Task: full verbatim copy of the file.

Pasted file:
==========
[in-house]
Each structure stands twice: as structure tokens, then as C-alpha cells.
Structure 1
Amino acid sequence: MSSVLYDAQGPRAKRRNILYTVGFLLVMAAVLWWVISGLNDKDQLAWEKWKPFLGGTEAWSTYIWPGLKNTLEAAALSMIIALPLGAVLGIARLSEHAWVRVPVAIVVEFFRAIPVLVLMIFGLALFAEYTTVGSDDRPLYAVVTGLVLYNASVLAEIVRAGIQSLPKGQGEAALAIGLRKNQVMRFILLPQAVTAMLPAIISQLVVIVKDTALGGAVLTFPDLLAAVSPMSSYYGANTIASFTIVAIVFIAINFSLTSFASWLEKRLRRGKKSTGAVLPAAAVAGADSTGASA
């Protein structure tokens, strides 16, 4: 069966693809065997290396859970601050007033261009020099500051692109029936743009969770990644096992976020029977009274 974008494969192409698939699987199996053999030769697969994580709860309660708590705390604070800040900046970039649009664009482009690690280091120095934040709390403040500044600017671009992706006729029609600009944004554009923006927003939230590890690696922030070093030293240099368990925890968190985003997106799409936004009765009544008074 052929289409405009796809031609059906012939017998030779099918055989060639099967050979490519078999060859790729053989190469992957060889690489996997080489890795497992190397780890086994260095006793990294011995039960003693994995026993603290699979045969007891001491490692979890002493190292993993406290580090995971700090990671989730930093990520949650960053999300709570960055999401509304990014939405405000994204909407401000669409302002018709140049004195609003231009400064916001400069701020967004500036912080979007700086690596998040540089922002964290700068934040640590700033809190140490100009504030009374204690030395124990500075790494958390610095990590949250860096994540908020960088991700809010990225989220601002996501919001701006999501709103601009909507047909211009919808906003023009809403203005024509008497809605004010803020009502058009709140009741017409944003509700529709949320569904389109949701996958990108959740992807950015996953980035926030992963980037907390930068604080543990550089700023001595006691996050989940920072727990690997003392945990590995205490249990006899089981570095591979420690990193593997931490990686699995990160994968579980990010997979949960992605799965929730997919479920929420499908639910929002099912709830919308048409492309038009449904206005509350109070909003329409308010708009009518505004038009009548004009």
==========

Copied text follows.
[in-house]
Each structure stands twice: as structure tokens, then as C-alpha cells.
Structure 1
Amino acid sequence: MSSVLYDAQGPRAKRRNILYTVGFLLVMAAVLWWVISGLNDKDQLAWEKWKPFLGGTEAWSTYIWPGLKNTLEAAALSMIIALPLGAVLGIARLSEHAWVRVPVAIVVEFFRAIPVLVLMIFGLALFAEYTTVGSDDRPLYAVVTGLVLYNASVLAEIVRAGIQSLPKGQGEAALAIGLRKNQVMRFILLPQAVTAMLPAIISQLVVIVKDTALGGAVLTFPDLLAAVSPMSSYYGANTIASFTIVAIVFIAINFSLTSFASWLEKRLRRGKKSTGAVLPAAAVAGADSTGASA
């Protein structure tokens, strides 16, 4: 069966693809065997290396859970601050007033261009020099500051692109029936743009969770990644096992976020029977009274 974008494969192409698939699987199996053999030769697969994580709860309660708590705390604070800040900046970039649009664009482009690690280091120095934040709390403040500044600017671009992706006729029609600009944004554009923006927003939230590890690696922030070093030293240099368990925890968190985003997106799409936004009765009544008074 052929289409405009796809031609059906012939017998030779099918055989060639099967050979490519078999060859790729053989190469992957060889690489996997080489890795497992190397780890086994260095006793990294011995039960003693994995026993603290699979045969007891001491490692979890002493190292993993406290580090995971700090990671989730930093990520949650960053999300709570960055999401509304990014939405405000994204909407401000669409302002018709140049004195609003231009400064916001400069701020967004500036912080979007700086690596998040540089922002964290700068934040640590700033809190140490100009504030009374204690030395124990500075790494958390610095990590949250860096994540908020960088991700809010990225989220601002996501919001701006999501709103601009909507047909211009919808906003023009809403203005024509008497809605004010803020009502058009709140009741017409944003509700529709949320569904389109949701996958990108959740992807950015996953980035926030992963980037907390930068604080543990550089700023001595006691996050989940920072727990690997003392945990590995205490249990006899089981570095591979420690990193593997931490990686699995990160994968579980990010997979949960992605799965929730997919479920929420499908639910929002099912709830919308048409492309038009449904206005509350109070909003329409308010708009009518505004038009009548004009």